" I hope they all will. You are forgetting that I have never loved Mr. Macdonald,—that there is no parallel to the case we have been supposing, -no changing,—no troth—"
“But surely 'twere all as well to ease one heart of pain—"
“I think, George, you are under a misconception," and she arose, calm again, “ I think Mr. Macdonald has quite put away all earthly affections from his heart. If he isn't quite wise about his bodily health, - well, no one is perfect, or would be endurable if they were,” and she smiled, “I am sorry,—for I truly honour and admire both him and his self-devotion. Perhaps last June I was young and vain enough to think that I might be useful to him, -and his poor people,-by opening his eyes to the one person whom he was neglecting, but you see I overrated my influence even then." “ You are a strange woman,
was George's remark, but he met her full gaze without shrinking, "and I dare say I've been a fool, but an honest one.
Let me say one thing more, and then I too will never trouble you again unless you turn to me. If Frank Rowcroft was the fellow I took him for,-(and if ever there were a man I could have made a hero of, 'twas he !)—he'd be the last person to wish the woman he had loved to waste all her life
He'd have been far too unselfish even in the flesh ;-and surely you can't but think he's gone up higher, in all senses, wherever he may be now,—and so more unselfish still. My belief is he'd long to see you beloved and appreciated in a home of your own, with husband and children of your own.
There ! I've out with it, and done with it !” and he looked much relieved.
“And I thank you, George,” she answered calmly, “I mean for having made such a great effort to say what you must, most strongly, have felt it was your duty to say, to have been able to say it at all.—No one has named Frank Rowcroft to me since Aunt Elizabeth's visit two and a half years ago.
It is sweet to me even to hear his name; to know that some one remembers him still, beside myself."
• Well, they remember him, some of them. In fact I wanted Arthur to
say what I've been saying, “it would have come much better from bim,—but he said he really daren't."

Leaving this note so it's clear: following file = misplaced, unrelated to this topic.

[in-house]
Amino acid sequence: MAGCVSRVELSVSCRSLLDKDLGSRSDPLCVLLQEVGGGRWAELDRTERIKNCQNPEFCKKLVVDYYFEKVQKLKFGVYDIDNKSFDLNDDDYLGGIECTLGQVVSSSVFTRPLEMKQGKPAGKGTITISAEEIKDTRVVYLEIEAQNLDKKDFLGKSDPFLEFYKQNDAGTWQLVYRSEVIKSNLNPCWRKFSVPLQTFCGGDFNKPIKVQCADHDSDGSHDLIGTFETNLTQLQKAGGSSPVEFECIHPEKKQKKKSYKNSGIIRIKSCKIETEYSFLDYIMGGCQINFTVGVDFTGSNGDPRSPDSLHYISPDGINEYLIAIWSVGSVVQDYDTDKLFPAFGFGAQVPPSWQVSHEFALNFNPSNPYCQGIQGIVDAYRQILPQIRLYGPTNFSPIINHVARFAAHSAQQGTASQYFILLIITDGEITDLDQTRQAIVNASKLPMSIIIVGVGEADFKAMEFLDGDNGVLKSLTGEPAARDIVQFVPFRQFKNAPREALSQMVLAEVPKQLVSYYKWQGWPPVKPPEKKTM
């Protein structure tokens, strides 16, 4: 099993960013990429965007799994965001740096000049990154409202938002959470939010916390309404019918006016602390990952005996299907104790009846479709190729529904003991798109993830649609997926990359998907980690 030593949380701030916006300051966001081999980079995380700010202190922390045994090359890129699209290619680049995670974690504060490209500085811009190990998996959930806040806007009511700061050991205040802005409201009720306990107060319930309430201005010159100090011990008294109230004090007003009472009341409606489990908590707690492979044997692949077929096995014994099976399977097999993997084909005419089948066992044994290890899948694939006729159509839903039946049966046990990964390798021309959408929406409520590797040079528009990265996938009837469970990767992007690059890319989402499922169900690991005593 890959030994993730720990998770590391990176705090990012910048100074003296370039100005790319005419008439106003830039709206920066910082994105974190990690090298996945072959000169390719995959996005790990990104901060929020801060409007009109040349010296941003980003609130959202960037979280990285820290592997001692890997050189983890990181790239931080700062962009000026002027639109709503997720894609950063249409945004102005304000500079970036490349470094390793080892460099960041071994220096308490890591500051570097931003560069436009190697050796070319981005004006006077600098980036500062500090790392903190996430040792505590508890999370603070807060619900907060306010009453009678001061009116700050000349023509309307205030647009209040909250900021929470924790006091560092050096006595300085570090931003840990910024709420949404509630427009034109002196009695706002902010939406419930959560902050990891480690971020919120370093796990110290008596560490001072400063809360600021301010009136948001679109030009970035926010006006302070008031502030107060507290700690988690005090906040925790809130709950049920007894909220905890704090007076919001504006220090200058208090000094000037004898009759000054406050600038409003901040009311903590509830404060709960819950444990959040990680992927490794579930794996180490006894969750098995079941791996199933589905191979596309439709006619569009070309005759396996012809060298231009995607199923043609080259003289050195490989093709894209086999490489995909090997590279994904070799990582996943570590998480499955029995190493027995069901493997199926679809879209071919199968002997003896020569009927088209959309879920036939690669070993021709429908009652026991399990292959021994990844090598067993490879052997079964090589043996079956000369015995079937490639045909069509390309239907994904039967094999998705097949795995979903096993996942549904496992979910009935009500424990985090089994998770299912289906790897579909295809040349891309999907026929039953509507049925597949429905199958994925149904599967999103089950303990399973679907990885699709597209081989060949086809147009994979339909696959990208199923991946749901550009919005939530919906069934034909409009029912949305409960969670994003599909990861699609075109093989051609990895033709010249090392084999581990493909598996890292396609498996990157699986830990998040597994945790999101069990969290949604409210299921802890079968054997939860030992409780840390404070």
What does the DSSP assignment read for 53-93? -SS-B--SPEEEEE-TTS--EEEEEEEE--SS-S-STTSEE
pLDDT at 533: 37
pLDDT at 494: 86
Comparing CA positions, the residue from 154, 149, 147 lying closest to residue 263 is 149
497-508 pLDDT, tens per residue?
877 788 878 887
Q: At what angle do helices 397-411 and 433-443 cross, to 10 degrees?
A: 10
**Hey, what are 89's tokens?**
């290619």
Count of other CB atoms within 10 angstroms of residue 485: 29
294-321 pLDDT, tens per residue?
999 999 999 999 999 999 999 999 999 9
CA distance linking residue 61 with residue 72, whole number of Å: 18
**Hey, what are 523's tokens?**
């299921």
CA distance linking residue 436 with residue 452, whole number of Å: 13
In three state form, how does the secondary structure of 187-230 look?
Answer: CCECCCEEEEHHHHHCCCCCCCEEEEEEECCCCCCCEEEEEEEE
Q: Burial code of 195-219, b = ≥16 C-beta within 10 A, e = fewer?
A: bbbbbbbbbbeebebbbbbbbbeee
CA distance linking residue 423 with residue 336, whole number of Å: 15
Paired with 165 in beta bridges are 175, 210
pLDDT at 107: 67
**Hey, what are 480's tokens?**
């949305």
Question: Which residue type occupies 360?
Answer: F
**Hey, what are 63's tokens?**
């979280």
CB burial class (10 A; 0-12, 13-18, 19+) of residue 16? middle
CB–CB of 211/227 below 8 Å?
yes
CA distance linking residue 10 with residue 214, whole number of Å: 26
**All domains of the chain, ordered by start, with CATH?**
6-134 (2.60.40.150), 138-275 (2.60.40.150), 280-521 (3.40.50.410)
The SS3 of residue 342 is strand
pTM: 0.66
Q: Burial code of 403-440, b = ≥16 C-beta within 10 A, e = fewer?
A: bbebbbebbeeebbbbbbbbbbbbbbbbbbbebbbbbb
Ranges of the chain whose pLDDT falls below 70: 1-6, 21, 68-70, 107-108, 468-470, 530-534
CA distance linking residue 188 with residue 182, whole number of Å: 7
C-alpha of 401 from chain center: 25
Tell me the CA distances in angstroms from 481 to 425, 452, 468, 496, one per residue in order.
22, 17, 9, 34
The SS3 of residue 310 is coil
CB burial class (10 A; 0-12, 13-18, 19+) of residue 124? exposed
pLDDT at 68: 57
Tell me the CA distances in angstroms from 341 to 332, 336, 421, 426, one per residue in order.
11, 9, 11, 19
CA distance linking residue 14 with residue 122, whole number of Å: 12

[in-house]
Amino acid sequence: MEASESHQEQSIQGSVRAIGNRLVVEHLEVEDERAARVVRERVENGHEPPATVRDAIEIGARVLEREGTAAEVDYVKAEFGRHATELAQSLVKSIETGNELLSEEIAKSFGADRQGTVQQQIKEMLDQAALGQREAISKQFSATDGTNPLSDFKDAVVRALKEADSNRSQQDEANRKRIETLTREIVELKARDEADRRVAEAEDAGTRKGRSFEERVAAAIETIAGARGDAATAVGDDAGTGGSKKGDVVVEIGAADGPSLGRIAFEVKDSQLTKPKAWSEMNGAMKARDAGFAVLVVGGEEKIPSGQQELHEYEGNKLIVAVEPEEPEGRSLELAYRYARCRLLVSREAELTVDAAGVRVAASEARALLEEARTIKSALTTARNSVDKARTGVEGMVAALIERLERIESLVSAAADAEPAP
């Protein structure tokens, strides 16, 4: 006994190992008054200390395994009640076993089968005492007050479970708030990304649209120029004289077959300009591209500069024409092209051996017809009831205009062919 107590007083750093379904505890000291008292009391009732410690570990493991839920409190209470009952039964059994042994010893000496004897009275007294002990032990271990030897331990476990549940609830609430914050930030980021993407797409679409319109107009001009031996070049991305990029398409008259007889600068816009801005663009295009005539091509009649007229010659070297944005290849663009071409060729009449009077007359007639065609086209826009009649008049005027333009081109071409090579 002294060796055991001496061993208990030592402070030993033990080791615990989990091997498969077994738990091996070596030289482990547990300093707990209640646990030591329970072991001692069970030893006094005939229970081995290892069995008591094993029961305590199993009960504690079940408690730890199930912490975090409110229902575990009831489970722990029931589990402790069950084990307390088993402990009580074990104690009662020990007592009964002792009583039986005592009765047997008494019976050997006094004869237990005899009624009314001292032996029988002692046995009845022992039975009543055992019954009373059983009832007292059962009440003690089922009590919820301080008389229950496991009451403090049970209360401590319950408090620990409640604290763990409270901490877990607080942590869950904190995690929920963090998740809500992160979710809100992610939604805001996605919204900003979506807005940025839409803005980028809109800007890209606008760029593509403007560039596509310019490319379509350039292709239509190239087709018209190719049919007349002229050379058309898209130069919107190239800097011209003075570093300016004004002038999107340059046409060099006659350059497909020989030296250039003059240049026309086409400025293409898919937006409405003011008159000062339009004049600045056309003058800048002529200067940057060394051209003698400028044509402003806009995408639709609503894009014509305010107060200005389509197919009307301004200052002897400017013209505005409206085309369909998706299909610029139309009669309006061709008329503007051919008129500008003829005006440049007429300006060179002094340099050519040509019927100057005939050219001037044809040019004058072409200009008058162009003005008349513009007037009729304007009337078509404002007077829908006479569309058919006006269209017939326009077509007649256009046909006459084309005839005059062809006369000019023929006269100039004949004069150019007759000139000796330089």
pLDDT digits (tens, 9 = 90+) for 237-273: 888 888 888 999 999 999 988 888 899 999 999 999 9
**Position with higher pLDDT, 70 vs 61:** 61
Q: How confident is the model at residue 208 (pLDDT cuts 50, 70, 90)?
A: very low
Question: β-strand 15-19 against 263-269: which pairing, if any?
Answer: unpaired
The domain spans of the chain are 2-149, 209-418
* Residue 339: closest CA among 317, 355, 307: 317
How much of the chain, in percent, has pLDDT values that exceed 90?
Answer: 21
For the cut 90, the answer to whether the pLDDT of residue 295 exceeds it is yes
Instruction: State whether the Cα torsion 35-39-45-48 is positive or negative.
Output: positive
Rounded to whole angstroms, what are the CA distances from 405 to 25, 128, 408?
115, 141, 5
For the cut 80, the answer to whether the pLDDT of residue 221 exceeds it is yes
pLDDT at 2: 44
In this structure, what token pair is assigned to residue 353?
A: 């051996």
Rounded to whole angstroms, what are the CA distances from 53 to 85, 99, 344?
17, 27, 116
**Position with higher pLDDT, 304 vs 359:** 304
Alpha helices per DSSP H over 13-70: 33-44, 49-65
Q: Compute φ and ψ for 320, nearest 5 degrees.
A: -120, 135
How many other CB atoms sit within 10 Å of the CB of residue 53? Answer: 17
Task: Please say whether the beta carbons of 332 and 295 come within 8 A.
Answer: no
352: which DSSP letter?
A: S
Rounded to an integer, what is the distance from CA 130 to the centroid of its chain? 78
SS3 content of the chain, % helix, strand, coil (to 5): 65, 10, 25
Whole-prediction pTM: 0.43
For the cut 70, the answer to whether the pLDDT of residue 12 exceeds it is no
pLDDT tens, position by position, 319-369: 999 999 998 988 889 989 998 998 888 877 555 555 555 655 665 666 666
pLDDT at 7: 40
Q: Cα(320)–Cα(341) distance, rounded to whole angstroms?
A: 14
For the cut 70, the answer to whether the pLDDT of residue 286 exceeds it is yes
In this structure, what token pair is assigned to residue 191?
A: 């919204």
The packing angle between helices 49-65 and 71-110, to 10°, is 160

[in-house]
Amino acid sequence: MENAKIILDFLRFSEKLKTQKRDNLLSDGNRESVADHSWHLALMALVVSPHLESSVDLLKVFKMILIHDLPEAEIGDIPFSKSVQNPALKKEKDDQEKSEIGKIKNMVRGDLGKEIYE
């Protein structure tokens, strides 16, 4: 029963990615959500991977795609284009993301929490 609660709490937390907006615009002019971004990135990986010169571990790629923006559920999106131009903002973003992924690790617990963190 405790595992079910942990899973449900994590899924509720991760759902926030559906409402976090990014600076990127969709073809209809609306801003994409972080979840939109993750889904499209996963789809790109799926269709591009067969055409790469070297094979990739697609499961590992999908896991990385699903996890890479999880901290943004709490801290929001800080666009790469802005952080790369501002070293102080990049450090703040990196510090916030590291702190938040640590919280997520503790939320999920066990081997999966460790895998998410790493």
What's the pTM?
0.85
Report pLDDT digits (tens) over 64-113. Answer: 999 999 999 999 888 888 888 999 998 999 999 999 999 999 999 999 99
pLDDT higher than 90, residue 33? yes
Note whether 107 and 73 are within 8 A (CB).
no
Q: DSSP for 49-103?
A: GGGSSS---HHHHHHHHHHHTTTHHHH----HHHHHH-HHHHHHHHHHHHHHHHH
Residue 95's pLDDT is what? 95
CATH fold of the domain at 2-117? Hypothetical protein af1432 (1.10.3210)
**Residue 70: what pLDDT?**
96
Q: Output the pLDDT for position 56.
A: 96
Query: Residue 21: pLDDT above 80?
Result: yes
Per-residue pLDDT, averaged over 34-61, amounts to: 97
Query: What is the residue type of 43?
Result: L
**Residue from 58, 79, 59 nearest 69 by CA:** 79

“And he was wise,” cried Dulcibella with a sudden flush of youth upon her cheeks.
“He really knew him, and all he was to me,-you -you were but a boy,-one-"
“Oh, Dulcie, you are still in," cried Kathleen, opening the door, “ do come up and help Molly and Dora to settle which of all these hats Barkers sent in they'd better have. They want to be alike, and yet can't agree to like the same thing." And Dulcibella, with a kind smile of forgiveness, disappeared.
“Well,” thought George, “Arthur said he'd endured as much snub. bing in such matters as he could stand, on Frank Wollaston's account. But what were women made for, if not to be married ? There's Freda herself run off on this mad idea of making a real profession of medicine! Must go and see her, I suppose, as we pass through Paris. But I'd far rather she'd married a good-natured fool like George Sa
ville, or such a brother-like friend as Julius Denny, and been wholesomely and entirely engrossed as Isa is in husband, home and baby. Nice of her to call that child Julia Georgiana,- frightful names as both are ! and to say I must be godfather, in spite of my horror of babies, because the only George Erle left her.”
A few minutes later he left the house to call on the widowed mother of this precious only son, and consent, with as little outward sign of reluctance as was possible, first, to her munificent terms and, subsequently, to the countless directions as to her boy's food and clothing and general health. It was Wednesday, one of Amabel's busy days, and therefore Dulcie's leisure ones; and after the hat question had been settled, — by Molly consenting to have the feather Dolly desired added to the quiet bat of her own original choice, and Dolly to have Molly's material and shape-she proposed to take both girls to see Diana. Diana, in her turn, kept the two younger girls to share her drive in the park and afternoon tea, and Dulcibella found herself at home by halfpast four, already dusk, this short January day, whilst the neighbouring service was not until five. It did seem not worth while, for this short twenty minutes, to take off her outdoor garments, nor even to ring for lights. She sat down to the piano and began to play, softly, long-forgotten airs of the very old Brayscombe days which none of the young things now about her could remember; so long as there had been a governess in the house, so sharp and distinct had been the line between herself and Amabel, as “out,” and the
sisters still under tuition. She was thinking surely the present kindlier mingling of ages, and mergings and upward steps in growing juniors more healthy,-if this method also had its drawbacks—when the door was opened, and Rosina-for Sarah had stayed with “Miss Mary,"--announced, "Mr. Macdonald.”
How glad Dulcibella was that it was dusk, and George not there ; and then felt how needless had been the rush of colour to her cheek, and momentary fear at her heart, as her visitor-with his usual gentle deliberation and true friendship-shook hands, and said he could not be in town without making his way to Church Street, and taking his chance of finding somebody at home.
“ I am so glad that I came straight home from the Savilles', otherwise no one would have been at home! And now you will stay and have some tea with us ? George will be in by six, he would be grieved to miss you."